The presidential candidates are tossing around a lot of religion, or should I say Christianity, particularly Mike Huckabee and Mitt Romney.
I don’t know Huckabee’s thoughts and beliefs on the role of religion in politics, but I don’t need to know because he is a Baptist minister who proclaims to be a Christian leader. Enough said for me.
As for Romney, in his supposedly JFKish speech about politics and religion and his Mormon faith, I am alarmed by his pronouncement that “Freedom requires religion.” Whoa, doggies.
That doesn’t mean that as president he would establish a theocracy, does it?
The time has come to consider an agnostic for president.
Where is the candidate who can charge into the political arena and forcefully proclaim that agnosticism embodies the real truth, when a candidate has to say “I don’t know”?
Alas, nowhere in sight. If that candidate does show up, I suggest this speech:
My fellow Americans,
At some risk, I must inform you of my religious beliefs, because rightly or wrongly, a candidate’s faith has become a significant factor in your decision on whom to support.
I am an agnostic. I cannot believe in a Christian god, a deity personified as a kingly, old man, and so I cannot believe that Jesus Christ was the son of God.
I cannot believe in any organized or unorganized religion that maintains it has “the answer.”
Over the thousands of years of human history, no indisputable, empirical evidence has ever been found to prove or disprove the existence of God or that Jesus was the son of God.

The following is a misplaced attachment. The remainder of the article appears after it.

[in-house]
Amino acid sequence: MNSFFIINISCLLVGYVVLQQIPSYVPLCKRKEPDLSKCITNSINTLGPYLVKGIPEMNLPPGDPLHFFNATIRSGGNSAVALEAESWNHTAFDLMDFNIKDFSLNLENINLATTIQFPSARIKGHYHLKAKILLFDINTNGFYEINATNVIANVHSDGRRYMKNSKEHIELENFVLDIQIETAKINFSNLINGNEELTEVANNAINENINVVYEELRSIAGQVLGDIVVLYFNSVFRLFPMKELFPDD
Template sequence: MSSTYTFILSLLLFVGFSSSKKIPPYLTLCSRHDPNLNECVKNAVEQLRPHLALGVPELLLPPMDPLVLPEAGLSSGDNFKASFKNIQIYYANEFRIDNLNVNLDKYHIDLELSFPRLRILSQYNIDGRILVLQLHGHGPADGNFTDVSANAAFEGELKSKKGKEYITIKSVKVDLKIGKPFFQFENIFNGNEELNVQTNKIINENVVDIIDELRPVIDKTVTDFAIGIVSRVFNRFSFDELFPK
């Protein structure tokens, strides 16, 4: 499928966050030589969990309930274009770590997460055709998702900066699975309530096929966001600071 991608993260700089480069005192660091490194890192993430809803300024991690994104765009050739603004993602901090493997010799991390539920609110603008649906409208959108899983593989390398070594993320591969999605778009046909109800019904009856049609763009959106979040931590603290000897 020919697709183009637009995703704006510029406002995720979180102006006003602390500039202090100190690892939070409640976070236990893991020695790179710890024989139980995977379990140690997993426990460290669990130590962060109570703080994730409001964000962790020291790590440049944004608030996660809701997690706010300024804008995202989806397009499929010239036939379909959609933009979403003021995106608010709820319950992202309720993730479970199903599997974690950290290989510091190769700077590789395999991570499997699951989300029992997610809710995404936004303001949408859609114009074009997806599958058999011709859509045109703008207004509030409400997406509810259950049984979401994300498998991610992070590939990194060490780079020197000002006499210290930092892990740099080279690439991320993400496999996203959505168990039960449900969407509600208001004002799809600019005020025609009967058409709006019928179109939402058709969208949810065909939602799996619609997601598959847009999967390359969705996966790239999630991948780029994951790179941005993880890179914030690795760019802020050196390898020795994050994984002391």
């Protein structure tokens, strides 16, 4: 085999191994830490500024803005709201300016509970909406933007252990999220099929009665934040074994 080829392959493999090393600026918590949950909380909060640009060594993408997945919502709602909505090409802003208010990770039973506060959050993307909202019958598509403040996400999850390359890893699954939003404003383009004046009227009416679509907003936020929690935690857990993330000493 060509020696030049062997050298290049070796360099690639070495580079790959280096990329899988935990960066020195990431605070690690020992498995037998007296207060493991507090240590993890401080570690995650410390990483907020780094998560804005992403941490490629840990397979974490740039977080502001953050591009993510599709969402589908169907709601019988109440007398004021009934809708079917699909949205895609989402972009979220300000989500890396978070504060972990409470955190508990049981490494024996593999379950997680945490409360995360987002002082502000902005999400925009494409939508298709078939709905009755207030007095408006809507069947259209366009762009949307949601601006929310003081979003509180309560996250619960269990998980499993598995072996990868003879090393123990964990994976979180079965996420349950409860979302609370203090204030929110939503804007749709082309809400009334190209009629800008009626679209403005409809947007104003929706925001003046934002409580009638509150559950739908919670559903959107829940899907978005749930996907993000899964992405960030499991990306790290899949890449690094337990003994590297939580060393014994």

So if you ask me if God exists, I don’t know. If you ask me if Jesus was the son of God, I don’t know.
I don’t know whether God made man in his image. That’s implausible for me but makes sense for Christianity.
I also cannot believe the Bible is the word of God.
In my opinion, man wrote the Bible as a much-needed authoritative source.
How else can human beings make meaning out of their existence but to have faith in a benevolent god and glorious, everlasting afterlife?
I am just unable, with all my being, to make that “leap of faith.”
I have often heard that Christianity “is the only true faith.”
Does that mean the Christian faith makes more sense than others? Or do Christians really mean their God and his son have been proved to exist, so only Christianity is true?
If this were so, I would be a Christian and so would all human beings.
I speak primarily of Christianity, for it is the dominant faith in our country.
But we are not a “Christian nation.” We are a nation of mostly Christians.
The former denotes theocracy, the latter recognizes the religion of prevalence.
What I say of Christianity applies to all religions. None has proof of a god, and any religion that purports to do so is presumptuous and arrogant.
Should I become president, I will base my policies and decisions on reason, logic and truth, on what is right and wrong and just, no matter where these concepts emanated or originated.
I will not base them on a consultation with a higher authority, but I will base them on reality and with the counsel of highly qualified, experienced, competent and reasonable persons of all faiths and political persuasions.
After all, my fellow Americans, we are all in this together, whether you believe in a god or not.
Tucsonan Steven S. Cullen is a certified legal assistant and received the Bronze Star for his U.S. Army service in the Vietnam War.